with Sick Sense & Skinwalker, Pat Maine is KiNNetiK
Way before even getting to the venue, people were warning me that Doomtree, the Minneapolis DIY hip hop collective, would be playing without their most famous member. P.O.S. is on the Warped Tour this summer and friends, editors, even the group itself on promo posters seemed to be almost apologizing to me for his absence. I wasn’t worried. I’ve seen P.O.S. several times, including once in February at Kilby Court with fellow Doomtree members Sims and Mike Mictlan, all being supported by Lazerbeak, all three of whom would be appearing at this show. Both MC’s were clearly capable of working a crowd by themselves then, so why should tonight, being supported by the rest of their tightly knit collective, be any different? The lineup this time consisted of most everyone but P.O.S. from the group. As far as emcee’s go, Sims has the growl, Dessa’s got the purr, Cecil Otter’s got the poetry, and Mike Mictlan has the machine-gun delivery, all backed up this time by Lazerbeak (who has his own hand signal now) on the buttons and Paper Tiger on the turntables.
I’d spent my week wondering what the format for this kind of show would be––four emcee’s all competing? All doing their own songs? Taking turns at short sets? This group is so prolific, both together and as independent artists, that the catalogue of music from which to pull a show out of was truly immense. Since their inception, Doomtree (as a label) has been releasing short EP’s either as collaborations or alone, called False Hopes, recently releasing volume 14. On top of that, the group finished an eponymous full-length last year, as did Mike Mictlan and Lazerbeak as Hand Over Fist, Cecil Otter’s long-awaited full-length, Rebel Yellow is out now, and Sims’ album, Lights Out Paris came out a few years back. This coupled with new material from Dessa’s upcoming full-length and Sims’ collaboration with Lazerbeak which should both be out within a year (I hope), and these six artists have more than enough music to play around with.
So I ride my bike to Kilby Court and as all too often happens there, I hear the first act finishing up as I walk up the alley. There’s always a moment when I think I’ll make it, but then a song ends and nothing follows. Sorry Pat Maine! I’ve since checked this local dude out on myspace and his music is definitely worth the listen: eerie, acoustic guitar driven hip hop with conscious lyrics. I’ll make it my business in the future to see him at one of the many shows he’s playing around town. Luckily, I did make it in time to see the duo of DJ/producer Skinwalker and MC Sick Sense, two thirds of Salt Lake City act 1st Class. The set starts out a little slow, like the guys are warming up, but Sick Sense seems to hit his stride after a few songs and really starts working the mic for the crowd. The beats are solid, the rhymes about weed and ego are reasonable and never abrasive in the way that so many lesser rappers try too hard, but overall something is missing. Maybe it was the absence of their third component, Mr. Smith, or maybe the crowd was too small and unfamiliar with their songs for everyone to get really engaged. Either way, there is a lot of potential in these kids, but I’m waiting for something really impressive. Their record, The Future of Classic, is out now on Xcommunicated Records.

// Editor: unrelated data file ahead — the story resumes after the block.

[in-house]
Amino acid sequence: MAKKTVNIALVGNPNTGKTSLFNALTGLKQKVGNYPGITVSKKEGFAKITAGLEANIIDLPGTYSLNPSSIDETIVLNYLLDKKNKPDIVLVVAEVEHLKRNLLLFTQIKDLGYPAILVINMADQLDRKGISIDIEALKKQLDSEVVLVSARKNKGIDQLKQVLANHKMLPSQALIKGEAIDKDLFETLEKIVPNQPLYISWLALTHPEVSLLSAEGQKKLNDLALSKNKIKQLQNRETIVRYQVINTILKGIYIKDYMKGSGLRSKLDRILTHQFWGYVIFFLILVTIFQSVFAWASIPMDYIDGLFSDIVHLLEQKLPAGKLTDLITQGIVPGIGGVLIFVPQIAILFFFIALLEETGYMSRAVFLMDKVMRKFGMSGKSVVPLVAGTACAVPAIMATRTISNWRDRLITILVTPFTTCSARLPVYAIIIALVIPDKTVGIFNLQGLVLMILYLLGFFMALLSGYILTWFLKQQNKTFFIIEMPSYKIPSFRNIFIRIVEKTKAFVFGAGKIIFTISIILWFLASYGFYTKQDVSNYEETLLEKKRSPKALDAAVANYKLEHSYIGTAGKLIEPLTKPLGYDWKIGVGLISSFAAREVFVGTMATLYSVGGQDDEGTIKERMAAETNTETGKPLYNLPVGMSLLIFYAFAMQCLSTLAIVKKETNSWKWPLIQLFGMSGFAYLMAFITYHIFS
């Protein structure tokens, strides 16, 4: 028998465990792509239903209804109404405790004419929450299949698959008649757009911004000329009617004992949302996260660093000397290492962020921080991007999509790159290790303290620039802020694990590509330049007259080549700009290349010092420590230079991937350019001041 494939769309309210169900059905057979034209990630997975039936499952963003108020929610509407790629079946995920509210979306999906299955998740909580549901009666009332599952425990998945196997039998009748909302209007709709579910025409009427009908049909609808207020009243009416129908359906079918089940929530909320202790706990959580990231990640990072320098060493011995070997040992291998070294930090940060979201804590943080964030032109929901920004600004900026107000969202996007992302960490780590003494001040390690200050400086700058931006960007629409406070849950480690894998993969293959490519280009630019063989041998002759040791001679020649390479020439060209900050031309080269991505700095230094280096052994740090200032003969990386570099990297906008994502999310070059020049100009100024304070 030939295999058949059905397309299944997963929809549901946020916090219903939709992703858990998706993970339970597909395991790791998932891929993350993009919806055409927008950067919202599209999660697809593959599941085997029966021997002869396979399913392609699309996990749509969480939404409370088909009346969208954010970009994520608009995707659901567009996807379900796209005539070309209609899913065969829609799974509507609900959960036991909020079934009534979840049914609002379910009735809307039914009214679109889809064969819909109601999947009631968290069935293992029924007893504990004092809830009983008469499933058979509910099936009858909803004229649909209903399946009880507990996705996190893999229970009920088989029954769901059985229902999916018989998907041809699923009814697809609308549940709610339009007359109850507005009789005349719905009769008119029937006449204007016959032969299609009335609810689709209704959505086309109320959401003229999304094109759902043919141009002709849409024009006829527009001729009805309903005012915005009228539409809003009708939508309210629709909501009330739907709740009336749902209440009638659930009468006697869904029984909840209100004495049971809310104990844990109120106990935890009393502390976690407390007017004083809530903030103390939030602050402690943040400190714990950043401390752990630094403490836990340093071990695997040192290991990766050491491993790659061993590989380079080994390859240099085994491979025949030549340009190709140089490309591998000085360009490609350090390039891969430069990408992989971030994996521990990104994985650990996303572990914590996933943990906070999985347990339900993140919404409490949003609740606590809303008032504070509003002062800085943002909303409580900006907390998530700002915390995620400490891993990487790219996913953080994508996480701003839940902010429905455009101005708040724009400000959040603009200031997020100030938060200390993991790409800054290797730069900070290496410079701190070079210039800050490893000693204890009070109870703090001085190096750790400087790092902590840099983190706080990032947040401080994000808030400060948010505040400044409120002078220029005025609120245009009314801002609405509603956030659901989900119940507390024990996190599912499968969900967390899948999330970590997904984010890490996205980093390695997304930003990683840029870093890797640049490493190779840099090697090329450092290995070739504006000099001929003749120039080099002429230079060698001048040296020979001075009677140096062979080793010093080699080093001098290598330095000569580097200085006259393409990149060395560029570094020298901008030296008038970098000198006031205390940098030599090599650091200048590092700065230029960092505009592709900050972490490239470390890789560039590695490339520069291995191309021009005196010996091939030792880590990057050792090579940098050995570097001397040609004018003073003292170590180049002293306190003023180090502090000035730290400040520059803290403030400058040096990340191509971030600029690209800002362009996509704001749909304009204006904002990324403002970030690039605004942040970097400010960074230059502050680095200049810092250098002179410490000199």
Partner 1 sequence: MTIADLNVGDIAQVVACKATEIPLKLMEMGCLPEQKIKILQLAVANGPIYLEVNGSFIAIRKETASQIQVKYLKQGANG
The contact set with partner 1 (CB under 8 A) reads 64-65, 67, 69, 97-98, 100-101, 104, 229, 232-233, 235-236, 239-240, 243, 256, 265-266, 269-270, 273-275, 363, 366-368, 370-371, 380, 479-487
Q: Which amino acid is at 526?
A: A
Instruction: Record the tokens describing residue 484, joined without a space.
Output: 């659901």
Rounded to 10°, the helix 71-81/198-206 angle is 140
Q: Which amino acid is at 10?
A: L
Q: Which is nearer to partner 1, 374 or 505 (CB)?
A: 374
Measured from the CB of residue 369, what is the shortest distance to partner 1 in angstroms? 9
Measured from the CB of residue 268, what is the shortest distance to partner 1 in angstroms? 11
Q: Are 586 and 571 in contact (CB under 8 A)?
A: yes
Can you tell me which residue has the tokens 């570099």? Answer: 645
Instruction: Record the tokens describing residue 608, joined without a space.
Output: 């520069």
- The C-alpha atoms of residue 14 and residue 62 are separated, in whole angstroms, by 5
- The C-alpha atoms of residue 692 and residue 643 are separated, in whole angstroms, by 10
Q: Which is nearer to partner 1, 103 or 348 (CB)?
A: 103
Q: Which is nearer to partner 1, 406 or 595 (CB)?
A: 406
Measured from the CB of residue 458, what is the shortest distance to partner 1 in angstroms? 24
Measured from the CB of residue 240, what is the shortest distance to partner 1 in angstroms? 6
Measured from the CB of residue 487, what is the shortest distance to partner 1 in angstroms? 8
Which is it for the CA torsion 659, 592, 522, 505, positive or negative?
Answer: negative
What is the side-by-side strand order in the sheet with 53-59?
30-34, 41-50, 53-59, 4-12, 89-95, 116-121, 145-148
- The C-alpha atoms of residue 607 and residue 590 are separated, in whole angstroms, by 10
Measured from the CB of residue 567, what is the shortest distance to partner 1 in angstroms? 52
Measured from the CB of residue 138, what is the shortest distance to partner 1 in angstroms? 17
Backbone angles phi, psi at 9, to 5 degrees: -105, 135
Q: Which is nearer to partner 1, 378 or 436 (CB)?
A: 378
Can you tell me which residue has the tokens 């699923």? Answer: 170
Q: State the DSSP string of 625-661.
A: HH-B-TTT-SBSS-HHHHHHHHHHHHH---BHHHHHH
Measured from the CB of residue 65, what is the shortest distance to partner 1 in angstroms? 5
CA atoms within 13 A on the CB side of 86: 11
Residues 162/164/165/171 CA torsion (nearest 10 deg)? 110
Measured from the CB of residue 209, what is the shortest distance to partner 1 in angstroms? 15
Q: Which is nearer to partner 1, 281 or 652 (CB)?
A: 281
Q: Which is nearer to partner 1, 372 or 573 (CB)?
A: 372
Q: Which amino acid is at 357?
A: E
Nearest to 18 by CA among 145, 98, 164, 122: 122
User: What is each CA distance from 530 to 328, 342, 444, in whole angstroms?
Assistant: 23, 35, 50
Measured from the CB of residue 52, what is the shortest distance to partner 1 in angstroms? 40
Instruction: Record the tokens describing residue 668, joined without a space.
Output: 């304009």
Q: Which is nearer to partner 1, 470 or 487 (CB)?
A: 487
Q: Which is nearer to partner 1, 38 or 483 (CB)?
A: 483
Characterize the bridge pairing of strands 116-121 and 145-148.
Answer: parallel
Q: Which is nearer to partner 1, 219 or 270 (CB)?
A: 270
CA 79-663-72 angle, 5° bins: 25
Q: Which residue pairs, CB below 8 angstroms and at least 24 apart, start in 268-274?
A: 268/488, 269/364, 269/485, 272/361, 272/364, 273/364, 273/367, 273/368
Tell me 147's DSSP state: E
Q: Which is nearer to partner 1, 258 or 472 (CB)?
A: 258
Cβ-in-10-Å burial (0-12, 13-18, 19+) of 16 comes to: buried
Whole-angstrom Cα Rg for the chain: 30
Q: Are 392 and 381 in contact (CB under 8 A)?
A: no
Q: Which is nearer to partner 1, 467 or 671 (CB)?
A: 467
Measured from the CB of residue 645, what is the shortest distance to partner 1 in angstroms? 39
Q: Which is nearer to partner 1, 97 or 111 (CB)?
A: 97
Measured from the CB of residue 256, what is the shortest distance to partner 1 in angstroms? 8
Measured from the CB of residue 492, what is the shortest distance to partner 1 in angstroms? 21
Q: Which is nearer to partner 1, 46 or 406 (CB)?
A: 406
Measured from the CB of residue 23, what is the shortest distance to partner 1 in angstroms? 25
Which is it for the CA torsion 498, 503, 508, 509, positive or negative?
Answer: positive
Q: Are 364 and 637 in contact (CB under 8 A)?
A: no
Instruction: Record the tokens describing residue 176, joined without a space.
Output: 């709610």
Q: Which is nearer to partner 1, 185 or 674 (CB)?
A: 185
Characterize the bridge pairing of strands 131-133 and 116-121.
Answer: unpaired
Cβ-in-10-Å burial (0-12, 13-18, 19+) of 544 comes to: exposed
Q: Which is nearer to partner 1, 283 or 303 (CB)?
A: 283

After digging on that chiller atmosphere, I knew Doomtree was going to blow that former garage wide open, but the show wasn’t so much a lit fuse leading to an explosion as it was a long musical war of attrition. Their beats are bombastic with huge drums on top of staccato cuts of samples and bass, and while every emcee has their own style, they are united by a love of the written as well as spoken word. Some of the rhymes and phrasings they spit could only be dreamed up by intelligent folks with creative minds. The group had decided to keep it “loose,” which meant that every night on the tour was going to be a unique show, which was fine by me. The emcee’s kept trading off, switching mics, backing each other up with vocals and call and response work on some songs, and full fledged hip-hop showmanship in threes or pairs on others. It happened to be Cecil Otter’s birthday that night and the announcement, along with the format led to a really intimate feel for the whole show. The atmosphere was casual but dedicated, with every artist calling songs and joking around. Moving easily from blisteringly fast crowd movers like Mictlan’s “Game Over” to more quiet moments with Dessa working her pipes singing “Mineshaft,” the show pretty much ran the gamut.
A personal high point was Cecil Otter laying one of his classic verses over a light remix of Grizzly Bear’s recent single, Two Weeks—that will be stuck in my dreams for months. Sims rocked us so hard with new material and classics that he nearly lost his voice by the end. Not only that, but with a set list of around 30 songs (I lost count) including many acapella break downs and a few freestyles, I think the crowd was more exhausted than the band. The metaphor that kept emerging in my head was sex with an old lover: long and intense but with many smaller climaxes. Afterwards there’s the smell of sweat and cigarette smoke. I rode home and my throat was tired from yelling, my arms were leaden from “gettin’ them in the air” and my ears were still ringing. These kids are creating their own niche, truly breaking ground with unique hip hop and touring like they mean it to support the music. They are definitely worth seeing.